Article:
Treasure Island

Caroline Misner

A Private Adoption

Your moon burst open only once,
even though we should have known better
than to play stranger with strange men.
We were so young.

I escaped unscathed,
save for the scars across my wrist
and the malignant fear
that gurgled beneath the surface
of my skin.
I carried a knife in my purse for twenty years
in case my tormentor returned again.

I got off rather easy, my friend;
your fate was worse.
Who was that boy who seduced you then,
who wore black leather
and sang in a band,
and had a serpent tattooed to his skin?

Now, after all these years,
do you still think of him?
He was blond and rough
with a heart as dark as a coal shack;
he pasted his abrasions on you.
Your type exactly, I recall.

For six months after
you cached your secret
beneath loose shirts, unbuttoned
your jeans at the top,
so no one would see.
No one believed you but me.

One day you denied
anything within your belly grew,
the next day you boasted and bragged
and basked in the gossip the schoolgirls
hurled at you.
The next day you cried.
We walked that winter beneath brittle skies
crinkled and dark like lumpy coal.
I put my hand against your bulge
and waited for the kick of the little drummer
inside the drum.
But we couldn’t tell if the baby moved,
we were so naïve,
we were so young.

You stopped attending school
by your seventh month;
no one noticed you were gone.
You stayed at home, buried
beneath your quilts, too ashamed
to even tell your mom
who left you when you were ten,
and your little brother
who never knew.
Only me and your father
were there for you.

The church lady came,
with her righteousness tucked inside her purse
with her lozenges and keys
and persuaded you to do the right thing—
whatever that may be.

But you had no time for her dogma
and god-talk:
“Jesus loves us, every one, even those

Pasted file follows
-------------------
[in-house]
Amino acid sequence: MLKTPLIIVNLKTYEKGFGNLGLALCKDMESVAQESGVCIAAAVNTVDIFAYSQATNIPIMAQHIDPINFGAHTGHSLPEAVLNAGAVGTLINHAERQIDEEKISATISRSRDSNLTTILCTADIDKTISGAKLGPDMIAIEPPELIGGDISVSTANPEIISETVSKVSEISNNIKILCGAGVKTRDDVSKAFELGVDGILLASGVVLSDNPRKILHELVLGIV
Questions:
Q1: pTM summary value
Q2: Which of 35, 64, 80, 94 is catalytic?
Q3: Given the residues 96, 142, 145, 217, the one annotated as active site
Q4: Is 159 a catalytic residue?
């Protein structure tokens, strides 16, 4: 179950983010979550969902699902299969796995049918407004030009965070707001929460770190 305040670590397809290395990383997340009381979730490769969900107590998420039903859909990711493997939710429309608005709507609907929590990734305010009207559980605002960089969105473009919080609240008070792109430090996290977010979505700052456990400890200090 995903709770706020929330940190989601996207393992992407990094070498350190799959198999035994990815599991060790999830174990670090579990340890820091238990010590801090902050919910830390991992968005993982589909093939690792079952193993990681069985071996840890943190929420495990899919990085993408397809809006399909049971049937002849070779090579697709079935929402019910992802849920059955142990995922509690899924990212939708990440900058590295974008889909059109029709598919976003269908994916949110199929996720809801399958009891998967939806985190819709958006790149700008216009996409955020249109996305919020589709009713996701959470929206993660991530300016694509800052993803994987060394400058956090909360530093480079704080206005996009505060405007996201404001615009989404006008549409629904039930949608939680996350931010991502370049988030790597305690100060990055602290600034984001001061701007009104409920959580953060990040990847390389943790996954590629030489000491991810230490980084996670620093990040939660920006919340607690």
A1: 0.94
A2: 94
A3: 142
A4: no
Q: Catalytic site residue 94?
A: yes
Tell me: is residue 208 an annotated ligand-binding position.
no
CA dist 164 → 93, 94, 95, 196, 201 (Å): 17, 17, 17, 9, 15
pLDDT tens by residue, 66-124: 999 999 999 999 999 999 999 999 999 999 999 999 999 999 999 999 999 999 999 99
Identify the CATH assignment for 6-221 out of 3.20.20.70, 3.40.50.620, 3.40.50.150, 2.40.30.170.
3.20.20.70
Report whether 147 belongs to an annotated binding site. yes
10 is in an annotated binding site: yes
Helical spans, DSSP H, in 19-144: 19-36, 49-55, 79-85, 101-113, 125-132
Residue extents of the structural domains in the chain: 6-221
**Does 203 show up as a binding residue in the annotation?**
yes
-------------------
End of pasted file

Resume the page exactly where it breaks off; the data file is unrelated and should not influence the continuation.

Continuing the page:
of us conceived in sin.”
What a farce, I thought,
coming from this lily-woven shrew,
this hypocrite.
It took weeks to find a doctor
who would attend to you.

You fell, alone, into a quick routine,
gorging on sauerkraut straight
from the jar and cold pasta
straight from the tin.
And who could blame you?
Considering the state you were in.

Then, that spring, came the day
when you could reclaim yourself again.
You played the song and now
the piper had to pay.
The doctors and nurses
with there silver-plated petals
like tongues, urged you to breathe
and push through the worst of it.

It wasn’t the labour you were expecting,
but then nothing else is.
You huffed and puffed and blew
your house in,
and your first miracle was exposed.
The woman who would be mother
was there to hold your hand.

She cradled the squawking infant before
you had a chance, smeared her
hospital issue smock with fluid and rust
while the tail of the umbilicus still
tethered you to the child,
your feet still in the stirrups,
gutted like a mackerel
from the bottom up.

She held you both, daughter
and mother, and wept,
and thanked you for all the promises
you had promised, and kept.
Mother to a perishable flowering,
she christened the baby Alison.
You never saw that child again.

Two months later, you were still
a woman awaiting her bloom.
Your aunt gave you money and took
you to the parlour to have your hair done.
But the perm wouldn’t take
because of the hormones still in your blood.

Someday soon, a woman
will approach you
and embrace you
and call you mother once again.

Submitted: Tuesday, April 21, 2009

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